University of Hawaii at Manoa Library

Home: The Annexation Of Hawaii: A Collection Of Document



hawnpac@hawaii.edu
(808) 956-8264

Blount Report: Affairs in Hawaii

[ Previous Page ] -- [ View PDF ] -- [ View in MS Word ] -- [ Next Page ]

                             HAWAIIAN  ISLANDS.	571
ART. 62. Every male subject of the Kingdom, who shall have paid his taxes, who 
shall have attained the age of twenty yearn, and shall have been domiciled in the 
Kingdom for one year immediately preceding the election, and shall be possessed of 
real property in this Kingdom to the value over and above all incumbrances of one 
hundred and fifty dollars *-or of a leasehold property on which the rent is twenty-
five dollars per year - or of an income of not less than seventy-five dollars per year, 
derived from any property or some lawful employment and shall know how to read and 
write, if born since the year 1840 and shall have caused his name to be entered on the 
list of voters of his district as may be provided by law, shall be entitled to one vote for 
the representative or representatives of that district; provided, however, that no insane 
or idiotic person, nor any person who shall have been convicted of any infamous crime 
within this Kingdom, unless he shall have been pardoned by the King, and by the 
terms of such, pardon have been restored to all the rights of a subject, shall be allowed 
to vote.
ART. 80. Any amendment or amendments to this constitution may be proposed in the 
legislative assembly, and if the same shall be agreed to by a majority of the members 
thereof, such proposed amendment or amendments shall be entered on its journal, with 
the yeas and nays taken thereon, and referred to the next legislature; which proposed 
amendment or amendments shall be published for three months previous to the next 
election of representatives; and if in the next legislature such proposed amendment or 
amendments shall be agreed to by two-thirds of all the members of the legislative 
assembly, and be approved by the King, such amendment or amendments shall 
become part of the constitution of this country.
On the 18th of February, 1874, David Kalakaua was proclaimed 
King. In 1875 a treaty of commercial reciprocity between the United 
States and the Hawaiian Islands was ratified, and the laws necessary to 
carry it into operation were enacted in 1876. It provided, as you are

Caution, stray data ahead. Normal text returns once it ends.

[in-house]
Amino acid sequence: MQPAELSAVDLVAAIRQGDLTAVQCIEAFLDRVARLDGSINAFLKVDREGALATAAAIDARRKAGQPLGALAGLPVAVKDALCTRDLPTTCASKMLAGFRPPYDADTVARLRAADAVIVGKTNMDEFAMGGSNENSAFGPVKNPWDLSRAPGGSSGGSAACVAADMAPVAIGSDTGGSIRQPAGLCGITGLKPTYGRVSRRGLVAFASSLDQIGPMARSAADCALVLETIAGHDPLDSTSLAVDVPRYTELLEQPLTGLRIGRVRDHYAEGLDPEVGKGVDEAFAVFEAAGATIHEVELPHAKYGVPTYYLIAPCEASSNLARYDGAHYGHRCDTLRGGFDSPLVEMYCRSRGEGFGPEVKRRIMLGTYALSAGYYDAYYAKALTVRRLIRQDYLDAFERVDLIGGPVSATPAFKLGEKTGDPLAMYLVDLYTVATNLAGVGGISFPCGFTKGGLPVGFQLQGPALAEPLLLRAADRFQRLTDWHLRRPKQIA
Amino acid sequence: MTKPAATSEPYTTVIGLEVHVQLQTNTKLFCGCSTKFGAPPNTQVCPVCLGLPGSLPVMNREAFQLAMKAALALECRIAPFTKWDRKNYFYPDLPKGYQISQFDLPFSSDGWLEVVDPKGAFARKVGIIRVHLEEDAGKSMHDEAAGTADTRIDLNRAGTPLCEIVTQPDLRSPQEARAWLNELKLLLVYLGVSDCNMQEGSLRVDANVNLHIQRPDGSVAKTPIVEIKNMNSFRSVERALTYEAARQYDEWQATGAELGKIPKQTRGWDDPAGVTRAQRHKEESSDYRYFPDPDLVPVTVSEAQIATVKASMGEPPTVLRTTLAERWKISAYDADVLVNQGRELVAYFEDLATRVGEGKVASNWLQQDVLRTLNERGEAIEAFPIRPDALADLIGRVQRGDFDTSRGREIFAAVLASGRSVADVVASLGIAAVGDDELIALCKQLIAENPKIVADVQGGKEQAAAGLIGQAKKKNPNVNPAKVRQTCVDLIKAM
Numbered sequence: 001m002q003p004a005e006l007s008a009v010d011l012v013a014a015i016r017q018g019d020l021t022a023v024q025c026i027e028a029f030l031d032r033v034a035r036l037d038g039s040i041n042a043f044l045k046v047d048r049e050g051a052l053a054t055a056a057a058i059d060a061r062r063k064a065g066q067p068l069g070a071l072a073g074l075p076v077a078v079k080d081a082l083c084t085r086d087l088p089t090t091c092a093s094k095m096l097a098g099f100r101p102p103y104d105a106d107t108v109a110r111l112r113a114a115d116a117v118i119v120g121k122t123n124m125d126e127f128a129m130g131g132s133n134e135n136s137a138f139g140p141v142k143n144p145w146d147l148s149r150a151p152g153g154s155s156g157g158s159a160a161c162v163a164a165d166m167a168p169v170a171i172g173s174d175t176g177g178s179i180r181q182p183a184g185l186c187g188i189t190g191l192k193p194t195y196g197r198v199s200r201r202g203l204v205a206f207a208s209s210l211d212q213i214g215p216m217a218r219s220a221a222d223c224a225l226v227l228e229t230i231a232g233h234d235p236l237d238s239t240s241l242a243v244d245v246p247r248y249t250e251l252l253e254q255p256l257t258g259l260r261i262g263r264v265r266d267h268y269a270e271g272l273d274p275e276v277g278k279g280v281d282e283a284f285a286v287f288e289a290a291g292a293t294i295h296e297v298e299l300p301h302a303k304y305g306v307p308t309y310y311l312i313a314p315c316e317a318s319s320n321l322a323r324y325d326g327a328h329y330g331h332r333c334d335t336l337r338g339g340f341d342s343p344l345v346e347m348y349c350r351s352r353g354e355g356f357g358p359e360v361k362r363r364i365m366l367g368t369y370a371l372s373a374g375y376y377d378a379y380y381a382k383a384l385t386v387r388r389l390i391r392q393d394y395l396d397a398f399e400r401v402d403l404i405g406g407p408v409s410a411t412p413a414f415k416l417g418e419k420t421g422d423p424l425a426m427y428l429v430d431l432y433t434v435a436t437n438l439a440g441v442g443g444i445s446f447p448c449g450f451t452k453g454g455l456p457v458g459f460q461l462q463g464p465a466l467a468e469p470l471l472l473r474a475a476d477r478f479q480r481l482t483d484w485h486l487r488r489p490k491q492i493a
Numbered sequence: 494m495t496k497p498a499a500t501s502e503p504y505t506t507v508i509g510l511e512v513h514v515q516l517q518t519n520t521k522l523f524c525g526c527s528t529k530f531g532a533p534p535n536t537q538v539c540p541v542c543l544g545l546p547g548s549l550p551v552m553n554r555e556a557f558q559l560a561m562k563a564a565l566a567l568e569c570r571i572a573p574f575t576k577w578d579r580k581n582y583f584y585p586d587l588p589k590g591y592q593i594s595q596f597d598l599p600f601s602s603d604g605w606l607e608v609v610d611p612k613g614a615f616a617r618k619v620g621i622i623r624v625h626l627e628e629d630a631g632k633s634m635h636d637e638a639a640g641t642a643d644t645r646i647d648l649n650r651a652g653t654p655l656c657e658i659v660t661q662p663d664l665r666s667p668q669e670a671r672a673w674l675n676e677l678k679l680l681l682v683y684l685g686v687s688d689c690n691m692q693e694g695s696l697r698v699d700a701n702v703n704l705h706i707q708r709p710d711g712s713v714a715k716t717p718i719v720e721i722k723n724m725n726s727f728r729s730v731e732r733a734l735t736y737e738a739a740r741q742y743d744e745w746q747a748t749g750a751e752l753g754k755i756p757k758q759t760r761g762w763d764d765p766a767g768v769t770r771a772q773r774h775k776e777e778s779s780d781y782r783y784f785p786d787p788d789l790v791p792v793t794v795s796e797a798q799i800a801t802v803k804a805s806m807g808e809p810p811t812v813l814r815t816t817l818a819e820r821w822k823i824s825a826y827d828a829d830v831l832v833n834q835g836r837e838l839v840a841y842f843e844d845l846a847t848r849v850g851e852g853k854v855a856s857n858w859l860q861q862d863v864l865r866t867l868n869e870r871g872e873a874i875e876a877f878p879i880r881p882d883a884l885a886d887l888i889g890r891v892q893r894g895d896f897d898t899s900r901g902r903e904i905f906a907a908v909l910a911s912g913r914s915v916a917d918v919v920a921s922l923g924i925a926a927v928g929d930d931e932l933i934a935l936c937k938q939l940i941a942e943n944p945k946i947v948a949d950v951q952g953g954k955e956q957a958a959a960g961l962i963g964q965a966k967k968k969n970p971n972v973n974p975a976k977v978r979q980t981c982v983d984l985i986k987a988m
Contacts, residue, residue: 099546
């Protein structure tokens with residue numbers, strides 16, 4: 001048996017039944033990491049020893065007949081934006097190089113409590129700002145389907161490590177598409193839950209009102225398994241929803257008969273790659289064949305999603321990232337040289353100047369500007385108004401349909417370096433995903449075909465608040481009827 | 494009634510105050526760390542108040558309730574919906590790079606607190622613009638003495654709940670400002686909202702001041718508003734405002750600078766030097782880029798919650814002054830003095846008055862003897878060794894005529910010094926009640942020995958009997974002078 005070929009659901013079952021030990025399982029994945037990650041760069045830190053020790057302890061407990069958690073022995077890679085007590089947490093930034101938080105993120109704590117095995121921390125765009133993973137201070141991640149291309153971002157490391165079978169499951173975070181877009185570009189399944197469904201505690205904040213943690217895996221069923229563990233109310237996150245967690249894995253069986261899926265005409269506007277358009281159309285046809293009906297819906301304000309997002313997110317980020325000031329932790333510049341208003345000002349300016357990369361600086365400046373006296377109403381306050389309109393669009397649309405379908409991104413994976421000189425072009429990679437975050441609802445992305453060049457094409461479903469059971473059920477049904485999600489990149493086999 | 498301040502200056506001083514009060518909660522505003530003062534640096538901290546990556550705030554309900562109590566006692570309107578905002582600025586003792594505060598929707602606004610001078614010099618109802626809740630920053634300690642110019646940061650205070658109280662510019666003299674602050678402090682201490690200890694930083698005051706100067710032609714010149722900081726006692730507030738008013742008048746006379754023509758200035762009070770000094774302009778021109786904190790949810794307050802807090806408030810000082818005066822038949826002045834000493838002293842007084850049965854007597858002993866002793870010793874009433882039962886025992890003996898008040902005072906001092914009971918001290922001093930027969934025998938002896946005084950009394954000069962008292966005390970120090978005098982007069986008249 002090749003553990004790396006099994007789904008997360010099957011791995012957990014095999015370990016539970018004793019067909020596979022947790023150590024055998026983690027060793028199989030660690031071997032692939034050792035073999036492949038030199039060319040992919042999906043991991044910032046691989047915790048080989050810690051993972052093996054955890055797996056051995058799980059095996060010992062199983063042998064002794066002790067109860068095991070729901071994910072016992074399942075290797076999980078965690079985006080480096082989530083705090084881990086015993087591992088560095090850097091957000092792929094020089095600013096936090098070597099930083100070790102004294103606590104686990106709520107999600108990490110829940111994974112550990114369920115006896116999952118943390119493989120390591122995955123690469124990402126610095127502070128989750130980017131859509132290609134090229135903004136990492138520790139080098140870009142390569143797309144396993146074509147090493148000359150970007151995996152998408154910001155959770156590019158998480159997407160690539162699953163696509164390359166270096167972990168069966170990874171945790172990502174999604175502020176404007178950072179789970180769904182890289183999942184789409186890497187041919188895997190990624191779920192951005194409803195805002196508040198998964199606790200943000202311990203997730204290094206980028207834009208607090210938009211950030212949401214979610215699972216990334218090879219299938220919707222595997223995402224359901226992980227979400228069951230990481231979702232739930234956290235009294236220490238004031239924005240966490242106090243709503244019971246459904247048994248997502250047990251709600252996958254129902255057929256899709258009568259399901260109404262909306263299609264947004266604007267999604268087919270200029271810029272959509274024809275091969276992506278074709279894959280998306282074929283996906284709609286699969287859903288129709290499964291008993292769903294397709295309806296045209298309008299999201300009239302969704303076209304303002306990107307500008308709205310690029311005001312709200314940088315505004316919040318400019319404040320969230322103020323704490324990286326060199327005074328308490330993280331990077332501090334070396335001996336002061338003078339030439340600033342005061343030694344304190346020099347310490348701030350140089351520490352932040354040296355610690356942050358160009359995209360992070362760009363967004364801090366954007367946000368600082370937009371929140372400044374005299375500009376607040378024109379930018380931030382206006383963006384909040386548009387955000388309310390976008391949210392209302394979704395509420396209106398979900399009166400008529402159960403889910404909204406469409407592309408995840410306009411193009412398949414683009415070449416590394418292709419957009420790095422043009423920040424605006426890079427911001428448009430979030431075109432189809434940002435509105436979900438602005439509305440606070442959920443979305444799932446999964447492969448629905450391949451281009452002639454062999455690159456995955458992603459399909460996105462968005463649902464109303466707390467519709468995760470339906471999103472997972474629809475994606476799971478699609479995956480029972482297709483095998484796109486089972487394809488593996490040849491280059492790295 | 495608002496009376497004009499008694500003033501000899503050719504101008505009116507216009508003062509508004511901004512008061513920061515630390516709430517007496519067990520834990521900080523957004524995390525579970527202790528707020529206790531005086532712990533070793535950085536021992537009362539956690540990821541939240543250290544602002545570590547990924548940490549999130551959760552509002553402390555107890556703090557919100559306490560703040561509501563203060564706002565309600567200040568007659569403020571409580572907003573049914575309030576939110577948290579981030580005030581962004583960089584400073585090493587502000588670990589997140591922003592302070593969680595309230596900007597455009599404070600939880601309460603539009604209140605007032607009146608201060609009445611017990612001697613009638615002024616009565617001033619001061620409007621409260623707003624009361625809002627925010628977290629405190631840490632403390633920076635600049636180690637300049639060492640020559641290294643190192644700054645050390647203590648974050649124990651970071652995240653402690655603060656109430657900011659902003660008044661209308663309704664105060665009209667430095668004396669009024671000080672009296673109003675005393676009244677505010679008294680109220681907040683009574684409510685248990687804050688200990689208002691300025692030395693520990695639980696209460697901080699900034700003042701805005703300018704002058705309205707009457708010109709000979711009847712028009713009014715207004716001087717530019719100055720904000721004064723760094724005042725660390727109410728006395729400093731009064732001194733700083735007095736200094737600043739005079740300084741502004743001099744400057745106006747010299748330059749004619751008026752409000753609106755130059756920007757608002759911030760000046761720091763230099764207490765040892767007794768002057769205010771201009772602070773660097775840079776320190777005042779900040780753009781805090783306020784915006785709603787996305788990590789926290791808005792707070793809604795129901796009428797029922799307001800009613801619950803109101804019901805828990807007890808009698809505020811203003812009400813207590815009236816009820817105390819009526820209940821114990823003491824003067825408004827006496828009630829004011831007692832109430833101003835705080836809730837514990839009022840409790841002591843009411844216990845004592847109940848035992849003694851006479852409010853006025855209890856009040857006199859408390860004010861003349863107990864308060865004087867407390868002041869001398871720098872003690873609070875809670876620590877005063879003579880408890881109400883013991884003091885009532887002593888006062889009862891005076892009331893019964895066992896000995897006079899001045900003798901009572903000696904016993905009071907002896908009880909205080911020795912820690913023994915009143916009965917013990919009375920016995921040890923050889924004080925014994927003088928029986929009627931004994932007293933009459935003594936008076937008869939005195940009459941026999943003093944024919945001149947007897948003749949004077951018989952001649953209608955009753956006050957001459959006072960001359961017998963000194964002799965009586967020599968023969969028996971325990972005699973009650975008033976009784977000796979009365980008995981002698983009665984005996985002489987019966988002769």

aware, for the free importation into the United States of several 
articles, amongst which was muscavado, brown, and all other unrefined 
sugars, sirups of sugar cane, melada, and molasses, produced in the Ha-
waiian Islands.
From it there came to the islands an intoxicating increase of wealth, a 
new labor system, an Asiatic population, an alienation between the 
native and white races, an impoverishment of the former, an enrich-
ment of the latter, and the many so-called revolutions, which are the 
foundation for the opinion that stable government can not be main-
tained.
(The deaths in all these revolutions were seven. There were also 
seven wounded.)
The sugar export in 1870 was 26,072,429 pounds; in 1887 it was 
212,763,647. The total value of all domestic exports was in 1876, 
$1,994.833.55, and in 1887, $9,435,204. The bounty paid on sugar by the 
United States to the sugar planters in the remission of customs on sugar 
before the McKinley bill was passed, is estimated by competent persons 
as reaching $5,000,000 annually.
The government and crown lands were bought and leased and oper-
ated by whites of American, English, and German origin, and the 
sugar industry went into the hands of corporations.
From 1852 to 1876 there had been imported 2,625 Chinese, 148 Jap-
anese, and 7 South Sea Islanders, making a total of 2,780. From 1876 to 
1887 there were imported 23,268 Chinese, 2,777 Japanese, 10,216 
Portuguese, 615 Norwegians, 1,052 Germans, 1,998 South Sea Islanders, 
making a total for this one decade of 39,926 immigrants. The 
Government expended from 1876 to 1887 $1,026,212.30 in aid of the 
importation of labor for the planters, who for the same period expended 
$565,547.74. It negotiated with various governments treaties under 
which labor was imported for a term of years to work at a very low 
figure, and under which the laborer was to be compelled by fines
* The property qualification was removed by an amendment.

Return to Top

Terms of Use  |  UH Mānoa  |  UH System  |  Ask Us
University of Hawai‘i at Mānoa Library  |  2550 McCarthy Mall  |  Honolulu, Hawaii 96822 USA
808-956-7214 (Reference)  |  808-956-7203 (Circulation)  |  808-956-7205 (Administration)
808-956-5968 (fax)  |  library@hawaii.edu